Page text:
The Crusades: What Were They All About?
By Alice Henry
June 27, 2017 2:07pm CST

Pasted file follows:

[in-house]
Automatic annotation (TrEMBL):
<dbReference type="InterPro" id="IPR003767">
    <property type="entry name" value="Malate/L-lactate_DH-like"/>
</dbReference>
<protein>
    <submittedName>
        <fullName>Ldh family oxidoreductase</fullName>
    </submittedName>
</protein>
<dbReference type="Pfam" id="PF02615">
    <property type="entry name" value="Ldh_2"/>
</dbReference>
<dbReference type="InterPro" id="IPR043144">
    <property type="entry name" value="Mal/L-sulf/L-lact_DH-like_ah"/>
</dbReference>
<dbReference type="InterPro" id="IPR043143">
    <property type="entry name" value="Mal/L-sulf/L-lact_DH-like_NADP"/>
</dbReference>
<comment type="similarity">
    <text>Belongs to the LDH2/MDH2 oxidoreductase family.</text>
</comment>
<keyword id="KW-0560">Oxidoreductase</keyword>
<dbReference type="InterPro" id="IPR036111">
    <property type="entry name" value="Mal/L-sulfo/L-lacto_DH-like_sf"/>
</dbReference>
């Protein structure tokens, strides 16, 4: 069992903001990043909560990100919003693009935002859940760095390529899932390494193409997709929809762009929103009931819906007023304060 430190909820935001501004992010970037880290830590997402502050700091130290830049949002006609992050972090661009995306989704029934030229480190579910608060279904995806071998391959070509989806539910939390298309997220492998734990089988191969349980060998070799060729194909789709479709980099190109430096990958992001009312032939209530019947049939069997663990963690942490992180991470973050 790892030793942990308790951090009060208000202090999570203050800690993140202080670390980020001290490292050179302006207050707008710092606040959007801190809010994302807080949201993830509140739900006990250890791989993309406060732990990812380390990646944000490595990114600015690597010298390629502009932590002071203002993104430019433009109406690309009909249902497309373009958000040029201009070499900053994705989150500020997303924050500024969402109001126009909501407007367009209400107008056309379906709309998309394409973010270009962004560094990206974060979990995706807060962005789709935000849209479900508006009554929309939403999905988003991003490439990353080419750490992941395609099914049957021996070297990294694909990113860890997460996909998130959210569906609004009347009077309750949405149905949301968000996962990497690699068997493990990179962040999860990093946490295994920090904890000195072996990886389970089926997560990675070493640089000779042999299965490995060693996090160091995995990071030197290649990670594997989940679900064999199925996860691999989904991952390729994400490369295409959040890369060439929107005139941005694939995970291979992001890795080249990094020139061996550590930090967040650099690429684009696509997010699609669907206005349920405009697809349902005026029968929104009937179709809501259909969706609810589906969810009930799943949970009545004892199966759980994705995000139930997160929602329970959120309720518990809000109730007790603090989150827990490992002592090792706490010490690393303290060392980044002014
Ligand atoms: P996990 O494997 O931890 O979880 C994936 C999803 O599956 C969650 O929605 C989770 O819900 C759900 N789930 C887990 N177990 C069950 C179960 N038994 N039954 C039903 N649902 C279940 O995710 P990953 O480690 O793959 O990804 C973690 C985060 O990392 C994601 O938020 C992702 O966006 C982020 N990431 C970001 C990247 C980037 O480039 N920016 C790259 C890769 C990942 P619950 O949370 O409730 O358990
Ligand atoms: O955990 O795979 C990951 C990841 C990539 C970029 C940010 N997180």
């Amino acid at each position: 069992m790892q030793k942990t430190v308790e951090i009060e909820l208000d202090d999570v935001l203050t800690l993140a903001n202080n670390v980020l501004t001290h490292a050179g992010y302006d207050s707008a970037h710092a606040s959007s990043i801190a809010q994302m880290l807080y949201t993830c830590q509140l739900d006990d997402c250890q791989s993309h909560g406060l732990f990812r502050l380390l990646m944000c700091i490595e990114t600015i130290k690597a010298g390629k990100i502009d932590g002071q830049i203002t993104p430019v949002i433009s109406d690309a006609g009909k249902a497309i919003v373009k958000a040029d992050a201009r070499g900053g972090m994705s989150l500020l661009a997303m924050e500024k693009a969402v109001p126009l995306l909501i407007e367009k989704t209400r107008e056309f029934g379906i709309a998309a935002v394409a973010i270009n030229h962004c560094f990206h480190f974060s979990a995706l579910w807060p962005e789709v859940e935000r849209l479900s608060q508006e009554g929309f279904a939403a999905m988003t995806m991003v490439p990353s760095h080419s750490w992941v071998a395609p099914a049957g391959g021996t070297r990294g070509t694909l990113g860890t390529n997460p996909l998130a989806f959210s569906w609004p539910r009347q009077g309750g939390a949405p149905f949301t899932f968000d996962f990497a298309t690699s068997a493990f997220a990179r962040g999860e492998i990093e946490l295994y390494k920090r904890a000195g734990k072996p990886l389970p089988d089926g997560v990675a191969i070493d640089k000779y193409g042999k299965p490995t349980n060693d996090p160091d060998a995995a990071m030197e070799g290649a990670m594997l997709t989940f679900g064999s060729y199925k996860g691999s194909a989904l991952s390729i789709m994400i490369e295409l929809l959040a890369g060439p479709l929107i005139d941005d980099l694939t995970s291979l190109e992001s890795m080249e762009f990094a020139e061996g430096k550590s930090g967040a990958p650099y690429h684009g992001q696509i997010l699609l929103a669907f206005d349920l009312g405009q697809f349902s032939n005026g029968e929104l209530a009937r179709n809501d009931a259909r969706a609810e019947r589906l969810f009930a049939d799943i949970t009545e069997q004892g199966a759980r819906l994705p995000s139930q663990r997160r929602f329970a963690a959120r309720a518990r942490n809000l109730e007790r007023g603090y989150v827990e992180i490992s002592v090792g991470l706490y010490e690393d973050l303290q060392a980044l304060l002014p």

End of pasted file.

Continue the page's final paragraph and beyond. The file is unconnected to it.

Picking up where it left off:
The French word for cross is “croix” and men talked of going on the “croisades.” In England they were called crusades – which were wars fought on behalf of the Pope to recover the Holy Land. You see, Jerusalem was a very important city to both the Muslims and to Christendom’s worshippers. Pilgrims from both religions traveled to the city to worship there. At first, the Arab Muslims, who ruled Jerusalem from 618 A.D. allowed Christendom’s worshippers to visit the city. But then, in the 11th century, Turkish Muslims began to move eastward from central Asia, because they were looking for new pastures for their herds. They were warlike people and excellent fighters, though primitive, according to my research. They took over Persia, Syria and Egypt. By 1076 A.D., they had captured Jerusalem. The Turkish Muslims didn’t want Christendom’s pilgrims to visit the Holy Land and treated them badly, robbing them and sometimes murdering them. This made the people of Christendom, everywhere, very angry, so the Eastern Emperor, Alexius I, asked Pope Gregory to help him find forces to fight the Turks. Gregory did not help, but the next Pope, Urban II got men from all parts of Chistendom’s world to travel east and fight the Turks. He wanted Alexius to win back the Holy city of Jerusalem. Men began to volunteer for the campaign and so began the FIRST CRUSADE. Nobles, clergy and peasants all began preparing for the trip, a journey of over 1500 miles, through little known and dangerous lands. Urban II told all the crusaders that their sins would be forgiven, but only if they reached the Church of the Holy Sepulchre. They all believed that it was God’s will and that the Holy Land should belong to Christendom. So, in 1096 A.D. several armies set out from many different places in Europe and by 1097 they had all reached Constantinople, Alexius’s capital. From all across Europe, more than 300,000 men marched to Jerusalem. Another force, the People’s Crusade carried out attacks on some Jewish communities along their route. Many Jewish people committed suicide to avoid being slaughtered. I have learned a lot from my research so far. What happened next? I’m going to research some more and let you know.